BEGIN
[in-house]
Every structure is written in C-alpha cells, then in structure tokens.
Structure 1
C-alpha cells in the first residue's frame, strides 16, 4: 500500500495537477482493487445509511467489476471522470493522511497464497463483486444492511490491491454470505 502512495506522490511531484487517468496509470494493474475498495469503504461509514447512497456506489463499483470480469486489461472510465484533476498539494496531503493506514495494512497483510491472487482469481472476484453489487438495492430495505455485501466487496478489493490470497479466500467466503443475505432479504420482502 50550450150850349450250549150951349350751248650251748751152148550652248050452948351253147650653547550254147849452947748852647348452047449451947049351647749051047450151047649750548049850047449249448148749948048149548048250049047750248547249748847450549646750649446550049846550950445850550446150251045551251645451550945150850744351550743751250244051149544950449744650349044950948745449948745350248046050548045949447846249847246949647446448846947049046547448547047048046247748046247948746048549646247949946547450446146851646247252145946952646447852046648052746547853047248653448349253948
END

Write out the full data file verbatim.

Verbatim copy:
[in-house]
Every structure is written in C-alpha cells, then in structure tokens.
Structure 1
C-alpha cells in the first residue's frame, strides 16, 4: 500500500495537477482493487445509511467489476471522470493522511497464497463483486444492511490491491454470505 502512495506522490511531484487517468496509470494493474475498495469503504461509514447512497456506489463499483470480469486489461472510465484533476498539494496531503493506514495494512497483510491472487482469481472476484453489487438495492430495505455485501466487496478489493490470497479466500467466503443475505432479504420482502 50550450150850349450250549150951349350751248650251748751152148550652248050452948351253147650653547550254147849452947748852647348452047449451947049351647749051047450151047649750548049850047449249448148749948048149548048250049047750248547249748847450549646750649446550049846550950445850550446150251045551251645451550945150850744351550743751250244051149544950449744650349044950948745449948745350248046050548045949447846249847246949647446448846947049046547448547047048046247748046247948746048549646247949946547450446146851646247252145946952646447852046648052746547853047248653448349253948